Czech print media is now mostly foreign-owned, and there is little funding for in-depth investigative journalism. Newspaper owners seem more interested in quick profits than public service journalism. Meanwhile, Czech broadcasting media remains heavily state-owned: Czech TV owns and operates Channels 1 and 2, controlling nearly a third of the market; and Czech Radio operates many stations. In late May a free speech controversy arose when Czech Television broadcast an ad by a neo-Nazi political party calling for a "final solution to the Gypsy issue." Although attempts have been made since the fall of communism to turn the former Czechoslovak Television, a communist propaganda tool, into a public service station, these attempts have been quite unsuccessful.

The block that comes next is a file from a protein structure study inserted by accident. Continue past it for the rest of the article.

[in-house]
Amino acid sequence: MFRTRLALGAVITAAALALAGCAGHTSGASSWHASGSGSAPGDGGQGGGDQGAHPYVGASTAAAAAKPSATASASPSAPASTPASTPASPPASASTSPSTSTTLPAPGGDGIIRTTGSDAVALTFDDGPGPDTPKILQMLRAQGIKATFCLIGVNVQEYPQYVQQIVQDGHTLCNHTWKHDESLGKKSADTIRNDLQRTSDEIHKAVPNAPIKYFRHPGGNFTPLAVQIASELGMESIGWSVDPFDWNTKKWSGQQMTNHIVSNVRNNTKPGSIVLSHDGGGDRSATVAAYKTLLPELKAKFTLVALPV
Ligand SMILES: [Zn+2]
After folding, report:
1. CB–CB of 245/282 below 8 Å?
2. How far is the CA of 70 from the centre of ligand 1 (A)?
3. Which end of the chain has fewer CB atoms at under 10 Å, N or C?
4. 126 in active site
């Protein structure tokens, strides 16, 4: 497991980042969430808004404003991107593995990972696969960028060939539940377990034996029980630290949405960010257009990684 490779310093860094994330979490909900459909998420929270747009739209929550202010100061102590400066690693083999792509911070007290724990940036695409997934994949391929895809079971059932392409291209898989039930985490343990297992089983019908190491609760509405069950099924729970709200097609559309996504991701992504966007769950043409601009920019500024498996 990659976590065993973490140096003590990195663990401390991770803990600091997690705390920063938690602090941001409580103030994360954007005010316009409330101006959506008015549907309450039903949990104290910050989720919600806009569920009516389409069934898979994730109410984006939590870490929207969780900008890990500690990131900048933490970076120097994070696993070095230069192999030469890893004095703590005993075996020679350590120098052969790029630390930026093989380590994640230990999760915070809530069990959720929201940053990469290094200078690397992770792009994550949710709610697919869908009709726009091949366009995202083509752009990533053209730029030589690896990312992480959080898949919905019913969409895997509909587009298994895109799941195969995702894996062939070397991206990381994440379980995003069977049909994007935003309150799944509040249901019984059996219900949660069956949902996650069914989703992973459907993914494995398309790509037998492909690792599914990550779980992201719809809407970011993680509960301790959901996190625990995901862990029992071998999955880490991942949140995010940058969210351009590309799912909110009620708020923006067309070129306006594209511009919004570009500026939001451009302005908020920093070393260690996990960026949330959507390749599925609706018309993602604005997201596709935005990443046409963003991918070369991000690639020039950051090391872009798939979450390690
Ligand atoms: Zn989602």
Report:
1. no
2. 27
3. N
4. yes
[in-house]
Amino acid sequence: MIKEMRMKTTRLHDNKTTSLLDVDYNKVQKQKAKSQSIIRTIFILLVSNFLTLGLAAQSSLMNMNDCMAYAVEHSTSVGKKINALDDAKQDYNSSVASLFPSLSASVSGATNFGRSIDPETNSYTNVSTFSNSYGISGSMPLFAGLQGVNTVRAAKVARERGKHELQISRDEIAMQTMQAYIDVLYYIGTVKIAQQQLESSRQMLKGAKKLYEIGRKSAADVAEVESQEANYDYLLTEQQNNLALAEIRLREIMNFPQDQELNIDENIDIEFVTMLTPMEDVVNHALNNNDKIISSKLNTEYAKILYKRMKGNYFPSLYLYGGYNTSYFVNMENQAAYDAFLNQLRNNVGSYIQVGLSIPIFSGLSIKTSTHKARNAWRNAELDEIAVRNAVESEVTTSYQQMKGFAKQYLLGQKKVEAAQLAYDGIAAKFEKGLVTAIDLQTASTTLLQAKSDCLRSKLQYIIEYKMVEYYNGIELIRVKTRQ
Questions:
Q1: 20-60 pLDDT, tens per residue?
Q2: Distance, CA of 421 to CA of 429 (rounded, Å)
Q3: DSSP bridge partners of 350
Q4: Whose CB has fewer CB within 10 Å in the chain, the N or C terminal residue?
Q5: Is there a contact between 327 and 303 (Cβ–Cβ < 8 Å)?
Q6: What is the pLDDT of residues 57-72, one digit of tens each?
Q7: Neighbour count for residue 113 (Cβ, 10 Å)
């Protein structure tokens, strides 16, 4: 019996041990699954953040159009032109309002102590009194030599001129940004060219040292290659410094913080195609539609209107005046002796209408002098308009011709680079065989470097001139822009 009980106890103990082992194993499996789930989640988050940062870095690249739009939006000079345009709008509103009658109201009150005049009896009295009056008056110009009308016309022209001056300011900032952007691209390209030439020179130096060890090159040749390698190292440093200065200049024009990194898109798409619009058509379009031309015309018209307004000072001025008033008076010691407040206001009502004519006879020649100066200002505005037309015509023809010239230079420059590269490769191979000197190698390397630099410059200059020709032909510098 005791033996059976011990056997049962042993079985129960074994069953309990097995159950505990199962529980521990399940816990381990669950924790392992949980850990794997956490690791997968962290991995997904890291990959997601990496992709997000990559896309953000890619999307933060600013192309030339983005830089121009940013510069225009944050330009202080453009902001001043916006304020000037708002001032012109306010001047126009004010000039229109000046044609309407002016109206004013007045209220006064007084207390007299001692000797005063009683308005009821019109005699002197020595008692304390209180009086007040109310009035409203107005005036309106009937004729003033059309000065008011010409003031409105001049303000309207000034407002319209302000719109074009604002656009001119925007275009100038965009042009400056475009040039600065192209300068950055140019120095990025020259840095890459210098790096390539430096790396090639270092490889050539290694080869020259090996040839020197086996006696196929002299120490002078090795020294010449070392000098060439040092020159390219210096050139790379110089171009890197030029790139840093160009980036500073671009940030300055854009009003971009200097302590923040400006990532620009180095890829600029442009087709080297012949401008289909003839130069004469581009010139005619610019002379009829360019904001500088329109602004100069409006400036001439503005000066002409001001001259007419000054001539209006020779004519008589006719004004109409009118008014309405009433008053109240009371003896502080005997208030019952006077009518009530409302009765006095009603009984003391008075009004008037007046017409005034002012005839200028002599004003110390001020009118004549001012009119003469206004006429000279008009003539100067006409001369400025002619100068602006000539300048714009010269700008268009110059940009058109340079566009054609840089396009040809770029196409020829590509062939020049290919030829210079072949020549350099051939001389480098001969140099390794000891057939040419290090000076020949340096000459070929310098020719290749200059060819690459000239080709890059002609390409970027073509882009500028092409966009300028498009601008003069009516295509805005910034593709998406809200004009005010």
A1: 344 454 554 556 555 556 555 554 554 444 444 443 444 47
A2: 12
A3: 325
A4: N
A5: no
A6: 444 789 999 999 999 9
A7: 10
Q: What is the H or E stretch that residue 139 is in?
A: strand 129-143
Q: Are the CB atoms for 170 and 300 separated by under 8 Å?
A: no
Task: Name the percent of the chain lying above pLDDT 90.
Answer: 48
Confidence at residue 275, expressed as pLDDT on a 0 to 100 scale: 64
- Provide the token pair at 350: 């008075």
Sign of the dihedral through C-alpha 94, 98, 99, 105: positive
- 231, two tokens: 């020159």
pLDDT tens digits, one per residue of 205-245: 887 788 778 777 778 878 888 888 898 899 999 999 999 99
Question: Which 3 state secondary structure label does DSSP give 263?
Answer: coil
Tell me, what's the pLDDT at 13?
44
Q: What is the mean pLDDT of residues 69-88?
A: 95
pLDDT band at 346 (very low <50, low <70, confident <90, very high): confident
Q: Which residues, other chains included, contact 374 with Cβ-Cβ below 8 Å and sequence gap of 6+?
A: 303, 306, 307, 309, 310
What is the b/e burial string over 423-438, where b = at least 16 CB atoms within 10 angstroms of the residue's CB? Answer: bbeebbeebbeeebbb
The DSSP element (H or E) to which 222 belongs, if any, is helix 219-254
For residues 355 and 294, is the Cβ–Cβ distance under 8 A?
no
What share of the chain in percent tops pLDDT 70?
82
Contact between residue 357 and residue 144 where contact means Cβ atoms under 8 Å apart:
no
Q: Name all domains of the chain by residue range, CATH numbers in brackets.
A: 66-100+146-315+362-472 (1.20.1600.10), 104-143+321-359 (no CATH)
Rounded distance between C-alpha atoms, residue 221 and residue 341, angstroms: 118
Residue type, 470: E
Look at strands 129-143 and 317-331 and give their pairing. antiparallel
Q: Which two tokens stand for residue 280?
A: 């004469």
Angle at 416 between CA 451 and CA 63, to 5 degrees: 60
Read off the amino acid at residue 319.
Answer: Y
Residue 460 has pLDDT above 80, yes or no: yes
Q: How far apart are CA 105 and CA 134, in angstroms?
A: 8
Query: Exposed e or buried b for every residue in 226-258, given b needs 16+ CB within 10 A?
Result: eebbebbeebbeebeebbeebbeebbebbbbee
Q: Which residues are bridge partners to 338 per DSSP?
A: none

Economic consolidation of major media outlets is a global phenomenon. Regulators in the United States have diluted public interest controls on media holdings, enabling Rupert Murdoch and others to integrate their media holdings so they may own broadcast and print media companies in the same market. This has had a profound influence on culture, as the marketplace of ideas and diversity of voices reaching the public has diminished. Italy, where Silvio Berlusconi has used media and political power to reinforce each other, and other states have seen mergers and acquisitions of broadcasters distort the media. Globalization has had a dialectical influence on free speech--on one hand erasing borders and increasing content; on the other, feeding a monoculture of information and ideas which thereby marginalizes dissenting views.